Referring to FIG. 1, a semiconductor processing system 100 incorporating the present invention is shown. The system 100 includes a fab 130, an electrical/physical parameter tester 114, an external analyzer 116, a wafer processing database 118, a failure signature analyzer 120, and an equipment commonality analyzer 122. The system 100 may also include a wafer sort machine in addition to the electrical/physical parameter tester 114 to assist in electrical testing. The fab 130 may be a semiconductor fabrication plant that manufactures integrated circuits on semiconductor wafers. The fab 130 includes a Tool A 102, a Tool B 104, a Tool C 106, a Tool D 108, a defect analyzer 110, and an in-line parameter data collector 112. The figure is merely a simplified diagram of a representative fab. An actual fab may have several hundreds of tools running simultaneously to process wafers. These wafers may have different patterned circuitry formed thereon.
The defect analyzer 110 analyzes wafers processed by Tool A 102 and Tool B 104, and informs an operator to adjust the tools if defects are found. The data collected by the defect analyzer 110 is sent to and stored in the wafer database 118 for further analysis. The in-line parameter data collector 112 collects data from Tool B 104, Tool C 106, and Tool D 108, such as data relating to oxide thickness, depth of etch-back, and certain critical device dimensions, etc. These data are also sent to and stored in the wafer database 118. The solid arrows in FIG. 1 represent the flow in which the wafers are sent from one machine to another. The dotted arrows in the FIG. 1 represent the flow of data sent from one machine to another. The configuration of the fab is used as illustration only. The in-line parameter data collector 112 may collect data from all of the tools, and the defect analyzer 110 may also analyze wafers processed by all of the tools.
Tool A 102, Tool B 104, Tool C 106, and Tool D 108 also send the “begin” and “end” time during which a wafer is processed by the tool to wafer database 118. In this way, which tool processed which wafer, and when the tool processed the wafer can all be determined from the data stored in the wafer database 118. The wafer database 118 also contains information on the lot number of each wafer. Typically, the wafers are sent through the tools in a “lot” container having about 25 wafers. Thus, an operator can determine which tool was processing a particular wafer or lot at any given time from the information stored in the database.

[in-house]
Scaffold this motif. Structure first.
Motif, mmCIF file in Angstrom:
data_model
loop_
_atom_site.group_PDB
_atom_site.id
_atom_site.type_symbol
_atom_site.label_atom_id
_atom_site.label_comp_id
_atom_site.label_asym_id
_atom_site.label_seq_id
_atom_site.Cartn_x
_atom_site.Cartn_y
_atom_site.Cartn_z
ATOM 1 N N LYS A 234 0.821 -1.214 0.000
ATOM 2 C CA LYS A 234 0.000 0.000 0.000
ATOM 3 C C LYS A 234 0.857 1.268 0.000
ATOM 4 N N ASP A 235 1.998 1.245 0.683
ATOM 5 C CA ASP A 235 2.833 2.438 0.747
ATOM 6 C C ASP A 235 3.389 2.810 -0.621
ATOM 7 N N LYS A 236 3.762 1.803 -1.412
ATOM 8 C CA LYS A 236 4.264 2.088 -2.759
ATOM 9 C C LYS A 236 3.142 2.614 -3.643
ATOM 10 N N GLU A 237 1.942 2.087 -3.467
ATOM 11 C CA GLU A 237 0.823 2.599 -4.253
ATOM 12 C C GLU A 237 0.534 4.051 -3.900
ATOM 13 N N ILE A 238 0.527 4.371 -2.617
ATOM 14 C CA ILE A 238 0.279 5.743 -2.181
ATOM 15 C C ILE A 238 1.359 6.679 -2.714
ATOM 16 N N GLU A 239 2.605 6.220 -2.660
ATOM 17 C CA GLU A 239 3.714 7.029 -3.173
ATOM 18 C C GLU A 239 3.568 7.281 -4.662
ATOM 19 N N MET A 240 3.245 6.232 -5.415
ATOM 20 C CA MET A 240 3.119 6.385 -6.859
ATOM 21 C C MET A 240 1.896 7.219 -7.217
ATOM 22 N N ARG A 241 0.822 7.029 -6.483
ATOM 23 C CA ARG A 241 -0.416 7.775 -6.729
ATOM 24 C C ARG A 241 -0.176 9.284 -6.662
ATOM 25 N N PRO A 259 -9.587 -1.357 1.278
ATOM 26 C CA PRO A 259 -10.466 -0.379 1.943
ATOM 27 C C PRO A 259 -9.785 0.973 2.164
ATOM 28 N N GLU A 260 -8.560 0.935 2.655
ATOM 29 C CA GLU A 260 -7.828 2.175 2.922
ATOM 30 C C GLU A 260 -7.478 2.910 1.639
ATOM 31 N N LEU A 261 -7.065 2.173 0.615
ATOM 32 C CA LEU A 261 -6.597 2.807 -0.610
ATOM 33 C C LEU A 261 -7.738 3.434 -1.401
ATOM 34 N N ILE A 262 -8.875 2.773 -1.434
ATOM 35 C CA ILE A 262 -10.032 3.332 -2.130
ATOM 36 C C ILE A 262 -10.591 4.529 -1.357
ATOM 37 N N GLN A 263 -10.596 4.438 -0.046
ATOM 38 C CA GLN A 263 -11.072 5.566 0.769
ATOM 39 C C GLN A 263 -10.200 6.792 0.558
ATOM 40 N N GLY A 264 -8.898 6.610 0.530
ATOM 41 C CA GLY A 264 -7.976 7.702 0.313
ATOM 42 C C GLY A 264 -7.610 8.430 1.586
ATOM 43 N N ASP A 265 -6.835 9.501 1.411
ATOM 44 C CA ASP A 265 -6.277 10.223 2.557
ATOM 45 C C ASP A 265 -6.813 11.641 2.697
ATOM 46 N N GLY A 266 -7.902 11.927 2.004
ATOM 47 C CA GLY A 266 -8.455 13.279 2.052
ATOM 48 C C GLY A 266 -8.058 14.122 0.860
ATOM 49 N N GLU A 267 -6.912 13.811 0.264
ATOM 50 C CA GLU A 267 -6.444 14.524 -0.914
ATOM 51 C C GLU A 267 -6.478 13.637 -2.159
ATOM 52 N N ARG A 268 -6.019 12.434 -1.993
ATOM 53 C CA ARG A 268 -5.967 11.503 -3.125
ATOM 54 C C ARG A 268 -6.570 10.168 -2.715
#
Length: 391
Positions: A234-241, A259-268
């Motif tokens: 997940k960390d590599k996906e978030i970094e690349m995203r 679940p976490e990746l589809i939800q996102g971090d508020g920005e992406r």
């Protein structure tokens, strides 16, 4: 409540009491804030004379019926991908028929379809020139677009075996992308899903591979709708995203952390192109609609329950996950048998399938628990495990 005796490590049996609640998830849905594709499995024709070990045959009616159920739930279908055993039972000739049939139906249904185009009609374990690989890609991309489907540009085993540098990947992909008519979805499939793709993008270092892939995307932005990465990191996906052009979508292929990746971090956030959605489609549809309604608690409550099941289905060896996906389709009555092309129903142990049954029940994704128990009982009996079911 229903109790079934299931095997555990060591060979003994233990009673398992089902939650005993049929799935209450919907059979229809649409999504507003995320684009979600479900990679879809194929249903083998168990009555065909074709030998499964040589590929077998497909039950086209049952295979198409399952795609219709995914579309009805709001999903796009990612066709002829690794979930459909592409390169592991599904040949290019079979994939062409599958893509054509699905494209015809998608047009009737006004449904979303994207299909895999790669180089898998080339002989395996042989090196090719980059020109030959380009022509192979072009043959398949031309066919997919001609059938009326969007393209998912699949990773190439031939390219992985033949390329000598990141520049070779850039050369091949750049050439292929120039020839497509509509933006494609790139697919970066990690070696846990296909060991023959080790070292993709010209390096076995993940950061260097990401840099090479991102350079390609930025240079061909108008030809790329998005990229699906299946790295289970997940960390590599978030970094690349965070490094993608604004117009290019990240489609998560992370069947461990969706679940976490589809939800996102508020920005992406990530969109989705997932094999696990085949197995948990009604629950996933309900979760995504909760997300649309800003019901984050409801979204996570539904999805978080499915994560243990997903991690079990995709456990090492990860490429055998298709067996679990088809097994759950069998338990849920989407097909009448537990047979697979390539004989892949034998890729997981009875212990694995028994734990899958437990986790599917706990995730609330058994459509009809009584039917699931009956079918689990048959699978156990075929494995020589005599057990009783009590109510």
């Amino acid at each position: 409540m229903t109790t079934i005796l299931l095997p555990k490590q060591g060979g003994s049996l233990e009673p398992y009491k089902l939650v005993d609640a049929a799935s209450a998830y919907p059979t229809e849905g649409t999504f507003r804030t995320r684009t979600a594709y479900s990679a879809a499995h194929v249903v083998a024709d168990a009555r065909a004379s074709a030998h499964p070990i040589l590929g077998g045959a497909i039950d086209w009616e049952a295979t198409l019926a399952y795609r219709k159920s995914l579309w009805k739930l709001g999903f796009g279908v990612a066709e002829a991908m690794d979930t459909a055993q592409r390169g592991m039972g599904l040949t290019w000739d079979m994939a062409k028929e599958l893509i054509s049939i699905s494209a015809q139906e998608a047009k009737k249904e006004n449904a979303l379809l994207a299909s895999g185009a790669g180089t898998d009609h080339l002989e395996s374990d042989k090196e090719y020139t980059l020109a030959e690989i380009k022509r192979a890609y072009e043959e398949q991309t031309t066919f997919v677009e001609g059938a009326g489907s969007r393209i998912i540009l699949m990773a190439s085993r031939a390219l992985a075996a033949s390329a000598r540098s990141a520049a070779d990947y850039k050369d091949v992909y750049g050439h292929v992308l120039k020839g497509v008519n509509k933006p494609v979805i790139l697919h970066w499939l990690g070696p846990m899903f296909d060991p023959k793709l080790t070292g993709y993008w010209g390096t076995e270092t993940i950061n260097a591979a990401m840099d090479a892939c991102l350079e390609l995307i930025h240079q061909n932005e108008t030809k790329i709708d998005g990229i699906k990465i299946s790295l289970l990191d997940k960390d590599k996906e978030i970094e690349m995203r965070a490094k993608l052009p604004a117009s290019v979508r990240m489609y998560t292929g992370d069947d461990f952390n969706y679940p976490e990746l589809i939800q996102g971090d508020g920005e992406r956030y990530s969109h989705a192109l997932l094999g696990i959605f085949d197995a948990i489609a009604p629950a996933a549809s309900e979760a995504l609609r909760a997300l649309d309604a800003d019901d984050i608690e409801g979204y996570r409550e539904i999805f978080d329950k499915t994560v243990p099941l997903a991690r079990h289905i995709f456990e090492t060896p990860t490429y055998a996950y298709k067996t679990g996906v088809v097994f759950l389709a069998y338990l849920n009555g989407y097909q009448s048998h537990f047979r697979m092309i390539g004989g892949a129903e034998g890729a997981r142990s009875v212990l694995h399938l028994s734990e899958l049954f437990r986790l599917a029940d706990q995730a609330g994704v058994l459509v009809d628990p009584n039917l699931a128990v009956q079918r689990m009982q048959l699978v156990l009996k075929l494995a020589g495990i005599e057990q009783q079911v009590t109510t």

The electrical/physical parameter tester 114 tests electrical parameters of each die on a wafer for defects. The test data is then sent to the failure signature analyzer 120. The external analyzer 116 may include a microscope operated by an operator to spot fault patterns on a wafer by visual inspection. The external analyzer 116 could also be a pattern recognition machine capable of analyzing video images of the wafer. The data collected by the external analyzer 116 is also sent to the failure signature analyzer 120.
The failure signature analyzer 120 determines the failure signatures of the wafers from the test results generated by the electrical/physical parameter tester 114 and external analyzer 116. The failure signature analyzer 120 may generate a wafer map from the test data gathered by the electrical/physical parameter tester 114 and external analyzer 116, and find the failure signature using a pattern recognition method. The failure signature analyzer 120 may also compare the test data with a predefined failure signature database. Each different failure signature represents a particular defect pattern, and may be related to a particular kind of defect caused by a particular process or by a particular tool. For example, a defect pattern having curvilinear features may resemble a mechanical scratch, and may indicate that the tools used to polish the wafer may be defective. A defect pattern showing a grouping of low-density, sparse structures into amorphous clusters resembles the trail off of a teardrop shaped stain, and may indicate that certain liquids are contaminated with particles.
The equipment commonality analyzer 122 processes data on a lot basis. Wafers are grouped according to lots in which they were processed in the fab 130. If a lot has a wafer with a failure signature, then the lot is designated as a bad lot. Otherwise, the lot is designated as a good lot. A lot list for a particular tool is generated by sorting the lots processed by that tool according to the sequence in which the lots were processed. The sequence in which the wafers were processed by a certain tool can be determined from the time data stored in wafer database 118. For purpose of illustration, the following description assumes that twenty-eight lots have been processed, and lots number 5 to 11 are bad lots with wafer(s) having a particular failure signature.